Tuesday, March 20, 2007

Itching to Browse the Byways

Now that March is sliding toward April, my alley grazer instincts are being reawakened. If you read the original entry, you know that I got excited about all the free food lying around my Montana lakeside town just waiting for harvest.

While alley grazing might not excite everyone I know, food that is local, fresh and free, just about sends me into a rapture. I do love to garden. I garden with gusto, with a greenhouse. However, the pure joy of taking a walk and coming back with groceries, is not to be missed.

I had a few winter months of blogger angst when I couldn't post. In the meantime, I was feasting on the fruits of my fall plunder. A quick turn in the cuisinart turned those back alley plums into ambrosia for toast or waffles. Apples from the seemingly owner-less orchard up the hill became pies and apple-plum sauce, and collards gone wild in my two years previous garden nourished me as soups, stir fry, and steamed greens.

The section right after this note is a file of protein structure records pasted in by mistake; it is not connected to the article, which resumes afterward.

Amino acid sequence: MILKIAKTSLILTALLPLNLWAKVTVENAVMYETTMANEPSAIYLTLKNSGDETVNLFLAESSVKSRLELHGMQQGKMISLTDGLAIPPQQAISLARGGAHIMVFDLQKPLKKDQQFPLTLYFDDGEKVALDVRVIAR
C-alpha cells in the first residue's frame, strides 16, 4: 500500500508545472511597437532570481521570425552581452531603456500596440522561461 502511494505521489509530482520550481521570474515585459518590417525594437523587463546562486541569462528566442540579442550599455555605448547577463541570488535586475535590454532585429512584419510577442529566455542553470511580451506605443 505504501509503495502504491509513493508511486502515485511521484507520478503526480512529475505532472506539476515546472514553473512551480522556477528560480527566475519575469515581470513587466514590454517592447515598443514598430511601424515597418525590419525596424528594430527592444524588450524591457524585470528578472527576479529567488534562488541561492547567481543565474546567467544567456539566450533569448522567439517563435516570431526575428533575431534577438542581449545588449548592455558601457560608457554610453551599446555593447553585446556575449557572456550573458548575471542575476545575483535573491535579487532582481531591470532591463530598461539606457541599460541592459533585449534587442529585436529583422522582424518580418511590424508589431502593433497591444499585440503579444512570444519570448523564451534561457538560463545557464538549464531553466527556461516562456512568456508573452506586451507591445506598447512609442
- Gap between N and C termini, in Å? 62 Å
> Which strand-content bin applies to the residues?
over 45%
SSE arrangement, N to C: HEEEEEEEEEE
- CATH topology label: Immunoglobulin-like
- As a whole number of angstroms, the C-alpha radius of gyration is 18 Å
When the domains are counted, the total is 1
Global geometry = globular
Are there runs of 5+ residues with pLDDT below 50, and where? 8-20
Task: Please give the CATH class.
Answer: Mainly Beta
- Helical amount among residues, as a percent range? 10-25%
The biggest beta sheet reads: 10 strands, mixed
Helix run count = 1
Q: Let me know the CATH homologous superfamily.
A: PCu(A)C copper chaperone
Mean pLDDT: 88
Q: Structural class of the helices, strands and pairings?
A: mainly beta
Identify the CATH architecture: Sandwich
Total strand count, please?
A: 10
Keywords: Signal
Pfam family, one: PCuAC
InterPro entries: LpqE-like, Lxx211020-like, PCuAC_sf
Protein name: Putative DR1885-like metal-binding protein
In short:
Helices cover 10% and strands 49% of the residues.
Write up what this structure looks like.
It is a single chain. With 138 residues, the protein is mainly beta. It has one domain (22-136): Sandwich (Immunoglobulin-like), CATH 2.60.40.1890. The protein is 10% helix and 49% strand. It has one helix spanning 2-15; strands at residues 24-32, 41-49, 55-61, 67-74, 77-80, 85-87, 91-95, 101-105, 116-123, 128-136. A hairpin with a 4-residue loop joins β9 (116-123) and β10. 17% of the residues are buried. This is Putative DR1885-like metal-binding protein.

In March here in the mountains, gardens are still slumbering, while the alleys begin thier explosion of spring growth. Some brave souls plant their peas now. I start looking for dandelions and chickweed (stellaria). Every couple weeks, another edible green comes along ready to pick. Eulle Gibbons step aside. This smashing photo of stellaria is provided courtesy of Patrick J. Alexander (USDA, NRCS. 2008. The PLANTS Database (http://plants.usda.gov, 18 March 2008). National Plant Data Center, Baton Rouge, LA 70874-4490 USA.)

Last February, I was heading over the hill to work when I spotted a stellaria crawling up the hospital wall. I couldn't believe my good fotune! I swung the car around and pirated the works before the maintenance people had a chance to poison it. Best salad green there is. I just cut it up with scissors and splash on a lemon-olive oil vinaigrette.

A south facing fence or wall will be the best bet for March munching. It is a bit early yet, but a warm stretch like this, complete with pussy willows, usually means wild greens in our very near future.

To identify what you find, check out kingdomplantae.net or ask your gardening friends. They usually know a weed when they see one.

Happy munching alley grazers!